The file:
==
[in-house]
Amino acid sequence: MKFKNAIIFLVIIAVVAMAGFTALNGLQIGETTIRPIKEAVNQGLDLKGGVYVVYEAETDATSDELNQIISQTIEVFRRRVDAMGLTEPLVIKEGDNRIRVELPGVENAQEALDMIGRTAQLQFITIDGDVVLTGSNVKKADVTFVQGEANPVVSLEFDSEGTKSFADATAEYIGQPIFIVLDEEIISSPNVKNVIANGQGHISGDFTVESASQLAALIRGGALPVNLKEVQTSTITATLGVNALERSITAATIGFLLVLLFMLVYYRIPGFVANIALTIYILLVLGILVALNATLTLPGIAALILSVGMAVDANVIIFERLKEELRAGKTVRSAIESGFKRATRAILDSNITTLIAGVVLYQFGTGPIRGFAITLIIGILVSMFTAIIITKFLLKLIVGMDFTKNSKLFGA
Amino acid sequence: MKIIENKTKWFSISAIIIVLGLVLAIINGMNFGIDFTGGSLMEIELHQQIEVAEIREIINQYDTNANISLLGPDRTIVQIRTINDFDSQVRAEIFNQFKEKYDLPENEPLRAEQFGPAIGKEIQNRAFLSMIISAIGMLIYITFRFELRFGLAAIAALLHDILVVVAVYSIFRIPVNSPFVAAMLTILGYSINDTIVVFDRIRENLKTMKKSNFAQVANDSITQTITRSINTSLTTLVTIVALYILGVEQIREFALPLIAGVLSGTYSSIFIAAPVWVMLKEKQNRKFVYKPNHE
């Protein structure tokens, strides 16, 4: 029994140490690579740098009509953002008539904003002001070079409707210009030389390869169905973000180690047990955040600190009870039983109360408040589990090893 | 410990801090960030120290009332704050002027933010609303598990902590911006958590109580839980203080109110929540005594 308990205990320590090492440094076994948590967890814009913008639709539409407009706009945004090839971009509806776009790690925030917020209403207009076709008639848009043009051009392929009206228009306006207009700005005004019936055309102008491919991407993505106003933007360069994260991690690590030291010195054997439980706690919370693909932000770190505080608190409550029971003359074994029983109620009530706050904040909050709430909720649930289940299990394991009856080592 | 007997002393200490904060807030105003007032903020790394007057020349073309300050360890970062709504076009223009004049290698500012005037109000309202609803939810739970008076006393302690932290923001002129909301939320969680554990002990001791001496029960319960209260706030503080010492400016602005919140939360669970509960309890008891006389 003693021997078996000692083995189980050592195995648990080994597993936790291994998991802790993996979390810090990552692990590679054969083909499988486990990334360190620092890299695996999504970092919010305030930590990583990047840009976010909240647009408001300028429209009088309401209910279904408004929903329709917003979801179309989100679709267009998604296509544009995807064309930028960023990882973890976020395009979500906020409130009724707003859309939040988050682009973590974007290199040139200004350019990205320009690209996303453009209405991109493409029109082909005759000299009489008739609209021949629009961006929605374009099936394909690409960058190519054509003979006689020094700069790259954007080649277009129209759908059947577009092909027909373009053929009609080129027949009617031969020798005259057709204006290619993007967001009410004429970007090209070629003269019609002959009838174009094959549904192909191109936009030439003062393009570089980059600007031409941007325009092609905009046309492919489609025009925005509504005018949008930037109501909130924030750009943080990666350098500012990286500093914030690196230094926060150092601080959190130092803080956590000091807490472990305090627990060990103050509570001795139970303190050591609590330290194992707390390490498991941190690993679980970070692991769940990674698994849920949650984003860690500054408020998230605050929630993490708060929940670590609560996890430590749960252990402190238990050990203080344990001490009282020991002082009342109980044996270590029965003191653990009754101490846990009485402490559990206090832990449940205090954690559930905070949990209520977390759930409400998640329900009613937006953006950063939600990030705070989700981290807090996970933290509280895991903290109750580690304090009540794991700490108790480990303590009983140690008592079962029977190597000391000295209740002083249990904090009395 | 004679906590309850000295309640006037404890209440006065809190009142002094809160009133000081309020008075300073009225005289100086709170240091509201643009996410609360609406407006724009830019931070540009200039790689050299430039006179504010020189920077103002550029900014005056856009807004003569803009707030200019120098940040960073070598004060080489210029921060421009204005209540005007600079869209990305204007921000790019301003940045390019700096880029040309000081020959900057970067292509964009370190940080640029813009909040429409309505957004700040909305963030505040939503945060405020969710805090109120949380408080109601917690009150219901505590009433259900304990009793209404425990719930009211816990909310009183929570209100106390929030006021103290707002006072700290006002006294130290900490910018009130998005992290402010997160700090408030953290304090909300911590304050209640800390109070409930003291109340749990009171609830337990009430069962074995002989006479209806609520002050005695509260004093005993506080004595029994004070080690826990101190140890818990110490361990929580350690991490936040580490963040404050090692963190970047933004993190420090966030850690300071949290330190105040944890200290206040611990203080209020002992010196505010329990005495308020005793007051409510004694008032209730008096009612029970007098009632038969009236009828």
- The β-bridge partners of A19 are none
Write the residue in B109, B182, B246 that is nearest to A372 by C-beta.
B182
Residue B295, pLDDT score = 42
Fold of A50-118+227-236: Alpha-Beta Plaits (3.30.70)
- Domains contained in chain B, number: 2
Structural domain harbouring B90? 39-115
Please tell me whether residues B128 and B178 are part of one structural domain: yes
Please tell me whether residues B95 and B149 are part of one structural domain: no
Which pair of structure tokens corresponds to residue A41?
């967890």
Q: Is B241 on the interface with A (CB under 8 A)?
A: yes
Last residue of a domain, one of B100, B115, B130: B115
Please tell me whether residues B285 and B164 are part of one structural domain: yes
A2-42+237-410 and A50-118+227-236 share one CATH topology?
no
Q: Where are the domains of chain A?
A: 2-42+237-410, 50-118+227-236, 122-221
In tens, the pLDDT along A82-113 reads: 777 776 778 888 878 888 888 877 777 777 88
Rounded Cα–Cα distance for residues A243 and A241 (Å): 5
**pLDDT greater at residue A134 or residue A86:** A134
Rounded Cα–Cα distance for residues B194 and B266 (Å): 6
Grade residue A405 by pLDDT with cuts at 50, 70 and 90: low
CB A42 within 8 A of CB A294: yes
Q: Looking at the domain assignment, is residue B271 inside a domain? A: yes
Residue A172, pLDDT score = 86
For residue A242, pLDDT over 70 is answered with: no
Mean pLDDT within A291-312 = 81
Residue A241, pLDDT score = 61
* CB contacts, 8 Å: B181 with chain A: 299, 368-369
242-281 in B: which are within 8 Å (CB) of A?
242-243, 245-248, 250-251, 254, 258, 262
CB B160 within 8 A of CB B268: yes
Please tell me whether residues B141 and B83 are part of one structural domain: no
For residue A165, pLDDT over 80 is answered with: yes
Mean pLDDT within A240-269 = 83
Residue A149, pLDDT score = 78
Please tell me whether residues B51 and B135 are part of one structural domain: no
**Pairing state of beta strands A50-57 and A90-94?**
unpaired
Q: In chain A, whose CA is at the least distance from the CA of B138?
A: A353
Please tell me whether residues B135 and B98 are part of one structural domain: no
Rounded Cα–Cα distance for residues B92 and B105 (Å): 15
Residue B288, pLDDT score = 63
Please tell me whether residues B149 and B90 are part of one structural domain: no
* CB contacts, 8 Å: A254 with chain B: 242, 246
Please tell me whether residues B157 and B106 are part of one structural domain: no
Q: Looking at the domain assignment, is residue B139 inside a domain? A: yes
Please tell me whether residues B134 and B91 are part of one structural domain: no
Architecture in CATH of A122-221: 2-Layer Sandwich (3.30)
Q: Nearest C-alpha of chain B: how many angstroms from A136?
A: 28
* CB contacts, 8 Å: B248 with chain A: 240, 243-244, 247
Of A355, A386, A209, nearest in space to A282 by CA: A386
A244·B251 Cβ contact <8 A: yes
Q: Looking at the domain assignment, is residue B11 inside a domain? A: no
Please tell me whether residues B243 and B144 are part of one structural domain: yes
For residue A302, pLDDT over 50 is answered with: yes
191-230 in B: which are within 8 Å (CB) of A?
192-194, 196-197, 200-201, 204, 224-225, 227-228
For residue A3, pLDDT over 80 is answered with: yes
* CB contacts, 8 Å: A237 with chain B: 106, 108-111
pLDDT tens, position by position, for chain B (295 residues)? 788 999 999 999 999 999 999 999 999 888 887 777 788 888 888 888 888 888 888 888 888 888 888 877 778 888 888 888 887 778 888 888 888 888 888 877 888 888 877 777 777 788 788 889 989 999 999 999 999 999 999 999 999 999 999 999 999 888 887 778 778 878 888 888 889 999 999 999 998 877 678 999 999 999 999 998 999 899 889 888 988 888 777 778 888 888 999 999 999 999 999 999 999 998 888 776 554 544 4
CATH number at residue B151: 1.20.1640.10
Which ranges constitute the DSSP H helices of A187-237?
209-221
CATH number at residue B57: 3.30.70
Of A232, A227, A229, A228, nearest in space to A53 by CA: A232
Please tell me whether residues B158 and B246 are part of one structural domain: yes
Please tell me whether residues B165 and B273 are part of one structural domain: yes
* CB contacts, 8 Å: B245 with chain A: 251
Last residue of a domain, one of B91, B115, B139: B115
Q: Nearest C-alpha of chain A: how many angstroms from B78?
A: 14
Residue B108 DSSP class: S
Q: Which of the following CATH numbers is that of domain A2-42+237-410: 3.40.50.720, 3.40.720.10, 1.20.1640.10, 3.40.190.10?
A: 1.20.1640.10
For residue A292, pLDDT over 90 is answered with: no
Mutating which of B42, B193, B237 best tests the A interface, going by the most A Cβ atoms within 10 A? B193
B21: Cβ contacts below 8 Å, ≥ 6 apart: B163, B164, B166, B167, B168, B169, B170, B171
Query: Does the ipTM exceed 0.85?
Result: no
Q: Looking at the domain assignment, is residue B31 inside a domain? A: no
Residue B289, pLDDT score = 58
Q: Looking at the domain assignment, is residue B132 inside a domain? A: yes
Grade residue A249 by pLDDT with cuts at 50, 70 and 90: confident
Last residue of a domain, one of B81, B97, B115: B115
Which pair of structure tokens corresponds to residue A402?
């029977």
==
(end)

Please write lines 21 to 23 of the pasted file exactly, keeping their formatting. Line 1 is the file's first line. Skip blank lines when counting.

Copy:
no
Q: Where are the domains of chain A?
A: 2-42+237-410, 50-118+227-236, 122-221